The mortgage industry is failing to keep up with modern borrowers’ needs, it has been claimed, after a new survey revealed more than half were rejected for lifestyle choices including being self-employed or buying a converted home.
A study of the market that we commissioned found a huge percentage of mortgage applicants – 54 % who’d fallen out of the application process – had been denied a home loan for reasons that could be considered ‘normal’ by most people.
These included factors once believed to be ‘non-standard’ such as their employment type; they could be self-employed, a contract worker or take a dividend, or the type of property they were looking to buy, including conversions or high-rise flats.
Pete Ball, our personal finance CEO, said many mainstream lenders needed to keep pace with the demands of these types of borrowers. Some banks and building societies remained reliant on a computer-automated approach, and outdated and rigid criteria – when deciding mortgage applications, he said.
“The world has changed,” said Mr Ball. “People’s pay, working patterns and pensions have altered beyond all recognition from 30 or 40 years ago. Even where they live, who they chose to live with, or the type of property they want to buy is vastly different from a generation earlier.
“What was previously thought to be ‘normal’ simply doesn’t exist anymore.”
Our wide-ranging study, which was conducted by market researchers YouGov, surveyed about 2,000 people about mortgage applications and the reasons why some of them had fallen out of the mortgage application process.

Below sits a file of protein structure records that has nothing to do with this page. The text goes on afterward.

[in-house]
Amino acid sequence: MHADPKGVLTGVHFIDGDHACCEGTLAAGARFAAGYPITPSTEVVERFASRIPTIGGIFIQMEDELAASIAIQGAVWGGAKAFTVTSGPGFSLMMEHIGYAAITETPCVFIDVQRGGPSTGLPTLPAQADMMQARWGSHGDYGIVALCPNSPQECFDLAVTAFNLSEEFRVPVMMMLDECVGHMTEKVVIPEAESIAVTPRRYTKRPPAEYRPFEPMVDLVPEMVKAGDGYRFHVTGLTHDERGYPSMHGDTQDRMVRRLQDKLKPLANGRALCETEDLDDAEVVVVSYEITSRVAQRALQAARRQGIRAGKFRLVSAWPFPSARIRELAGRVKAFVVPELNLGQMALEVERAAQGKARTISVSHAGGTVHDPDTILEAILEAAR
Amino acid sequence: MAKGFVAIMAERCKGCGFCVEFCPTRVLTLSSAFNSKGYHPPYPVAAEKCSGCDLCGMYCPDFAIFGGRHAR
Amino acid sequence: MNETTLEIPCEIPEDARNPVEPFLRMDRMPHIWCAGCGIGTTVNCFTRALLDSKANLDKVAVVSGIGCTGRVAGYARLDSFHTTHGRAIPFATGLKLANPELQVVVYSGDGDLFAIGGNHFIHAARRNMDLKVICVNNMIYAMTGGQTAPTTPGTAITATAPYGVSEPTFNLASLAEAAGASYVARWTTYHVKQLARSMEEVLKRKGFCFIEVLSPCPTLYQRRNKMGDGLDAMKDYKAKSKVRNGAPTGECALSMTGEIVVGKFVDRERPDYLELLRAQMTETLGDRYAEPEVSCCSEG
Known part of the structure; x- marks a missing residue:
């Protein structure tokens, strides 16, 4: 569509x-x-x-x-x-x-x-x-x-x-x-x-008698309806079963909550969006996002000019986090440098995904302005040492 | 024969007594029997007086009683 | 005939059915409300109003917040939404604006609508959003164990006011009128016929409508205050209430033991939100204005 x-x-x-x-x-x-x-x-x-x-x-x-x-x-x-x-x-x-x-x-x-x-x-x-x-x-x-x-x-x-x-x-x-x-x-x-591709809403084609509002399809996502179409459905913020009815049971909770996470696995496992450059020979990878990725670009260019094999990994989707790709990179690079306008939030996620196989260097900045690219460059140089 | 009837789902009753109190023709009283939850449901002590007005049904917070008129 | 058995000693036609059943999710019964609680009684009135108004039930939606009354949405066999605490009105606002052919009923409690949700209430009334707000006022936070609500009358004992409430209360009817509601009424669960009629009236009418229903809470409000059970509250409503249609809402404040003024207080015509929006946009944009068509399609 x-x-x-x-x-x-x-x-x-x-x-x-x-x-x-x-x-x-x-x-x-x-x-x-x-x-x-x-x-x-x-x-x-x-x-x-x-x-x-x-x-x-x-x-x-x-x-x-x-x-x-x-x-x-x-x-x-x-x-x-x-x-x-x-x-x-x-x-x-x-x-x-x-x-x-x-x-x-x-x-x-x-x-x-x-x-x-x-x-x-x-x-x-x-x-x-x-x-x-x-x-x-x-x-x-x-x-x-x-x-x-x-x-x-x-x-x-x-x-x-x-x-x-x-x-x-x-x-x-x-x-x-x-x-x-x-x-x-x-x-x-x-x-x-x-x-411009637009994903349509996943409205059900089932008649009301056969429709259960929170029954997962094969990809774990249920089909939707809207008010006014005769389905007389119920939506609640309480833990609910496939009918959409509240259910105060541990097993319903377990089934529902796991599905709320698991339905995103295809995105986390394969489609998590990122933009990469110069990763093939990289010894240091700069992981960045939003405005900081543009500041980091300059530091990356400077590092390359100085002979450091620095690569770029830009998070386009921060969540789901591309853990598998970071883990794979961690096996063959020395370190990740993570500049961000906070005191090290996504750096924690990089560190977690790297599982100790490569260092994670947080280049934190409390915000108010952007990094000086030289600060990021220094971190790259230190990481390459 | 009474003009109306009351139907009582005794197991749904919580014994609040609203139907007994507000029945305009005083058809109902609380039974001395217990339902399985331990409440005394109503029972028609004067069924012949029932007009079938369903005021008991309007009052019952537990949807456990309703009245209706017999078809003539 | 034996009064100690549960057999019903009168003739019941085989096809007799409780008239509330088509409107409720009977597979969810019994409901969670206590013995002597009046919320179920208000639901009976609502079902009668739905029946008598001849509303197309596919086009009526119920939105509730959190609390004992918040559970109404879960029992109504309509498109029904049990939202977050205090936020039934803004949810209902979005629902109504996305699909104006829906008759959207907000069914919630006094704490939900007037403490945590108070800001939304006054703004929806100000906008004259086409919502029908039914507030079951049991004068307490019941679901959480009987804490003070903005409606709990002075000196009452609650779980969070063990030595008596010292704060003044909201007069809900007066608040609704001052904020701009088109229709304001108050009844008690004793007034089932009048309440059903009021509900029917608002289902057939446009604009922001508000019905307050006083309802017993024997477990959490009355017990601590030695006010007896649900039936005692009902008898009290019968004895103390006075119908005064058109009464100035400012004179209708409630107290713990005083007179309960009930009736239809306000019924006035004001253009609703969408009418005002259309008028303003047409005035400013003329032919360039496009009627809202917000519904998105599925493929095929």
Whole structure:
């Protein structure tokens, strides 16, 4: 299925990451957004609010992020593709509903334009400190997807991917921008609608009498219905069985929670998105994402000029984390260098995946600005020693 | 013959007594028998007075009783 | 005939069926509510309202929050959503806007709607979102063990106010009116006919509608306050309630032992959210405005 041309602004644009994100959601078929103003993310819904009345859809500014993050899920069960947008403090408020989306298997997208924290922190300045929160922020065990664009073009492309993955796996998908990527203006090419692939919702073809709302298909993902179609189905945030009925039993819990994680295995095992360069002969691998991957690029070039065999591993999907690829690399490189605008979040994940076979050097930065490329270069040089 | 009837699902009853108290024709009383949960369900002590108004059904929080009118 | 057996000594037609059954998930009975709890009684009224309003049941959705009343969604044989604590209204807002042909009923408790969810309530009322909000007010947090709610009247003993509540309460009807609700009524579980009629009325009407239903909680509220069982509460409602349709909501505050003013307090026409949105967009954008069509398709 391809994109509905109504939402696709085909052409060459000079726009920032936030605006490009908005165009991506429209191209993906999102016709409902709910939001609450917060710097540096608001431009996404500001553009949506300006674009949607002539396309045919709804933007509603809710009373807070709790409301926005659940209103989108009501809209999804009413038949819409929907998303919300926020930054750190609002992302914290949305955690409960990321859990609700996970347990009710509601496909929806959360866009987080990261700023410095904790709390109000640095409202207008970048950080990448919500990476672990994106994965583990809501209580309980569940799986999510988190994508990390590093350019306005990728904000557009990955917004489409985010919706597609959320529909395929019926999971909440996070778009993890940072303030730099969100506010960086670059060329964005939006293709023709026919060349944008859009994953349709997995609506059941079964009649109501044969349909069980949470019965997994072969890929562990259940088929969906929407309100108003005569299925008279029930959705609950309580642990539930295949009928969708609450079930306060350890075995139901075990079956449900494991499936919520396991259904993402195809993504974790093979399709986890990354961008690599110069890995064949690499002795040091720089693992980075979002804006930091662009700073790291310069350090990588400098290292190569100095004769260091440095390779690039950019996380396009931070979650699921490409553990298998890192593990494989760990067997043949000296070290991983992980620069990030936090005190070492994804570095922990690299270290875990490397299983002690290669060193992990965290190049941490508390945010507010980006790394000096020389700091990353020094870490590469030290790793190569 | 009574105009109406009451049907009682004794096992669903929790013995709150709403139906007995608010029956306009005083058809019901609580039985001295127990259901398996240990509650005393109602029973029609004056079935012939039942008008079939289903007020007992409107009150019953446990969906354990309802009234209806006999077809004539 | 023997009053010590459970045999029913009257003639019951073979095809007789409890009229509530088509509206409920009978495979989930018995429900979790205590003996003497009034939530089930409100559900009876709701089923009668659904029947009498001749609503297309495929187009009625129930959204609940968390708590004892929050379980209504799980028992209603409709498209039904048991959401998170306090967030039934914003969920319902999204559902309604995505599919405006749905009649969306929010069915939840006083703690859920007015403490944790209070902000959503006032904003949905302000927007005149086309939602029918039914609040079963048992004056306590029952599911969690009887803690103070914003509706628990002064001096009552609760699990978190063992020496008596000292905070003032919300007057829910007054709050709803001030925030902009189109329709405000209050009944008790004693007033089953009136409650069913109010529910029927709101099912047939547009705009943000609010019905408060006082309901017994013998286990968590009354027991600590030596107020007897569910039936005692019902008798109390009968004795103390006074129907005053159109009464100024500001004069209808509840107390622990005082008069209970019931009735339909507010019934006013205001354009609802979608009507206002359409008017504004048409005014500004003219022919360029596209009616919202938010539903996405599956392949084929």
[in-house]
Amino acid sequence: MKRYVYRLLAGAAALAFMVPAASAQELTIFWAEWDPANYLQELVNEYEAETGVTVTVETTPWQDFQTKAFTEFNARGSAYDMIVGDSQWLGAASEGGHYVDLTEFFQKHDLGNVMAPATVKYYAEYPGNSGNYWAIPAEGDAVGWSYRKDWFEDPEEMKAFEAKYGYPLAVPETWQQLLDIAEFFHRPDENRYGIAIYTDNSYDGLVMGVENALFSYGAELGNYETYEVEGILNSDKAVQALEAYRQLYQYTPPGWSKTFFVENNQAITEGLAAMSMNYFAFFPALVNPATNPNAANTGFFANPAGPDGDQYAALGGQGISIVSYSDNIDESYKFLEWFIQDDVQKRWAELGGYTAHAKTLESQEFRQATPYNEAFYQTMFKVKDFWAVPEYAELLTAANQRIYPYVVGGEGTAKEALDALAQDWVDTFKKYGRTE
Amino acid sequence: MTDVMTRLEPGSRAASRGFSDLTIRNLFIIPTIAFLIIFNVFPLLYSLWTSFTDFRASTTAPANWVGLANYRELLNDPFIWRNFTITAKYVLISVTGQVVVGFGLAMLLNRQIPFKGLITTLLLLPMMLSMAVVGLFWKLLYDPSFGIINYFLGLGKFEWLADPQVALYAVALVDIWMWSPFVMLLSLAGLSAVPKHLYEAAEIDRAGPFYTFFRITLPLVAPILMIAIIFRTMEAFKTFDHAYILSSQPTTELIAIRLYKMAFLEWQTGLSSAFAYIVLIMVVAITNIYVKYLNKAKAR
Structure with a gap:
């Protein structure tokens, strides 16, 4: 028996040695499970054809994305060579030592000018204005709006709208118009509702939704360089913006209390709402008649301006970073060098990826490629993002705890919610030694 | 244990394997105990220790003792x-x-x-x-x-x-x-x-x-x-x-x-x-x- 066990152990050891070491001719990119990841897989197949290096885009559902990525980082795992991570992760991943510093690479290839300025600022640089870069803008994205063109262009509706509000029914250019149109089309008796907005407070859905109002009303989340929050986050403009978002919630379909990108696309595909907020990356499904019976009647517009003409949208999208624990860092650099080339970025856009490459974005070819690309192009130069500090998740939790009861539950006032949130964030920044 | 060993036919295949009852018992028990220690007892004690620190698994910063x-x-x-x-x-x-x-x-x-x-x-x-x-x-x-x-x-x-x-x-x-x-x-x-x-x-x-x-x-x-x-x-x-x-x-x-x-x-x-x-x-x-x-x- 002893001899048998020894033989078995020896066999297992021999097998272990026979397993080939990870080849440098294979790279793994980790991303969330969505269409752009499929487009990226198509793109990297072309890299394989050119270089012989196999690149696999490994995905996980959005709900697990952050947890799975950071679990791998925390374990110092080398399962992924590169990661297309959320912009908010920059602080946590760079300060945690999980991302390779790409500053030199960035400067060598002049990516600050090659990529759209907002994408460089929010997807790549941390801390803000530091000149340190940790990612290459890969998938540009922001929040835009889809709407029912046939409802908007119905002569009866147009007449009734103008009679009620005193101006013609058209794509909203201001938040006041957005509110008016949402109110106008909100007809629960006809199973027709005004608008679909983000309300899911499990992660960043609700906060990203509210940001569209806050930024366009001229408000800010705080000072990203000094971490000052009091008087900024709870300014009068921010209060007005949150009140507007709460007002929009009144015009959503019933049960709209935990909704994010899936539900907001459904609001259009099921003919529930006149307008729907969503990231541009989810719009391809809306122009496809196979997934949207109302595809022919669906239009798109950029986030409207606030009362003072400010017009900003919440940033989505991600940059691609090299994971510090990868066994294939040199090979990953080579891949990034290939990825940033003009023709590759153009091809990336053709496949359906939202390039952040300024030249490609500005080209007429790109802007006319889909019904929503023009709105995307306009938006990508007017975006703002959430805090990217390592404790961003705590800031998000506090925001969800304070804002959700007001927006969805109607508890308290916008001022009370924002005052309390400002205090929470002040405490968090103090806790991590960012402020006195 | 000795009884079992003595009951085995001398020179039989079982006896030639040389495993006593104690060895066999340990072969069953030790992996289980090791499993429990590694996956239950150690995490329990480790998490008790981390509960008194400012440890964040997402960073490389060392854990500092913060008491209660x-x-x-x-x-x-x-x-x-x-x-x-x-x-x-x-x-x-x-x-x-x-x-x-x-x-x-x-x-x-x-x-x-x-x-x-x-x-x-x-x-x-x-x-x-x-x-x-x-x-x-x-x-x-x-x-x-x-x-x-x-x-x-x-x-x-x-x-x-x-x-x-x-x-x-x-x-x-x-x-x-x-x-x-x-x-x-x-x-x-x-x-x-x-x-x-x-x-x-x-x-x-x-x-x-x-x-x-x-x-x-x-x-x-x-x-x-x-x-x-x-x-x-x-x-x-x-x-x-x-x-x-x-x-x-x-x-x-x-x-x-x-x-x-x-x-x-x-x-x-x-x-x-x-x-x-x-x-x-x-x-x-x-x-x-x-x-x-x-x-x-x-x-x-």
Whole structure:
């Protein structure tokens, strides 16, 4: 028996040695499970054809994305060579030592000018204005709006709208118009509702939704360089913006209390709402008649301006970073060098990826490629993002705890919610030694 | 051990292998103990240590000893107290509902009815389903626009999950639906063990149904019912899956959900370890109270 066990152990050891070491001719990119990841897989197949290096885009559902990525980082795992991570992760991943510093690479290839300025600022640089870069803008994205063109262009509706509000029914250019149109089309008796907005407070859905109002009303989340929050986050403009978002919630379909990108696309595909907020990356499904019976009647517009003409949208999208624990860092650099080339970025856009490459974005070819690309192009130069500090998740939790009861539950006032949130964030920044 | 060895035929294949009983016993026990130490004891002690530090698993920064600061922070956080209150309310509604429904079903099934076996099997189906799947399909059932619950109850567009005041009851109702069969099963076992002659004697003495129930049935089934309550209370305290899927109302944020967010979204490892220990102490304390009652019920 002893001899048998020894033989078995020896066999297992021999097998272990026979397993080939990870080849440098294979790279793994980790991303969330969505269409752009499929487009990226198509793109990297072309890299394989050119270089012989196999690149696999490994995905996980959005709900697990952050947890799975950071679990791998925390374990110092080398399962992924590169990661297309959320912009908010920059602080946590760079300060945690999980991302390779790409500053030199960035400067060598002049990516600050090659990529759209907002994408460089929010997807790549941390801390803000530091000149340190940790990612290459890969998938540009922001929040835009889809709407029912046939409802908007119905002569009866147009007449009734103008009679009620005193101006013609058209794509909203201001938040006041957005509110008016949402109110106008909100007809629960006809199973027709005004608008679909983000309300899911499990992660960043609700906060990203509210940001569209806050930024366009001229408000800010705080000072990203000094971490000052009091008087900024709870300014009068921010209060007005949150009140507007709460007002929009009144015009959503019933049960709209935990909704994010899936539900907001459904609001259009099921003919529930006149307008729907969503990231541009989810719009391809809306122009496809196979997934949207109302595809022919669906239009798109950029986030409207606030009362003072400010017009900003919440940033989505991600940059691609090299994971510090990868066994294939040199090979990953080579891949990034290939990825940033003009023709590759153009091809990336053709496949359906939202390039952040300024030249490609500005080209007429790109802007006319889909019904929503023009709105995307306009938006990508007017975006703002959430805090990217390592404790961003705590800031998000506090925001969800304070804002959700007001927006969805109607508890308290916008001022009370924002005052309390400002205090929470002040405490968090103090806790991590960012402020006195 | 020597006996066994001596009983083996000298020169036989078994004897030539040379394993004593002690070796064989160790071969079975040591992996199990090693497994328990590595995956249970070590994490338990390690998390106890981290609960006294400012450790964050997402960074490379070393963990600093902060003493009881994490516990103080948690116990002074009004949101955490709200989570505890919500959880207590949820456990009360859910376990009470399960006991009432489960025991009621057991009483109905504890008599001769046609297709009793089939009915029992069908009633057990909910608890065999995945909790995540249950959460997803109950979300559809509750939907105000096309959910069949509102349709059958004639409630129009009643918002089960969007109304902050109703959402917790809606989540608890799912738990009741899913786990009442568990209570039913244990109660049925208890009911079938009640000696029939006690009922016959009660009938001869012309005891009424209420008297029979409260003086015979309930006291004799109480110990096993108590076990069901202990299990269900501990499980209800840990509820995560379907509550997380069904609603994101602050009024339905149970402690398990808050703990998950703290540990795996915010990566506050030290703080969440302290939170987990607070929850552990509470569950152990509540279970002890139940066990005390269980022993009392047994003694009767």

It builds on earlier research by the Intermediary Mortgage Lenders’ Association (IMLA) which revealed a significant proportion of the UK population fail to secure a home loan between an initial enquiry and the time they would receive a mortgage offer.
The latest survey discovered that, of those rejected, 12% were denied because of their employment type, while 3% had insufficient employment history. This could be despite potential borrowers being in a good position to repay their mortgages.
One in ten (10%) were denied because the property they wanted to buy was considered ‘non-standard’, which could mean anything from a converted barn to a high-rise apartment.
Self-employed workers are also being “locked out” of the mortgage market by some lenders, Mr Ball said. Labour market data shows the population of people who are working for themselves has soared by a quarter in the past decade to 4.8million, making them a cornerstone of the UK economy.
Millennials – those aged between 18 and 34 – were worst hit overall – with two thirds (66%) who took part in the survey failing to get on the housing ladder because of the way they live and work nowadays, which may mean they do not meet some mainstream lenders’ criteria
Older people also seem to be missing out, the research suggests. A total of 46% of over 55s were denied home loans, some because they were too near retirement age. This could pose a growing problem in the future, as the age of the UK population rises, said Mr Ball, with the number of people aged 65 and over in England and Wales is projected to increase by 65 per cent to more than 16.4million in 2033.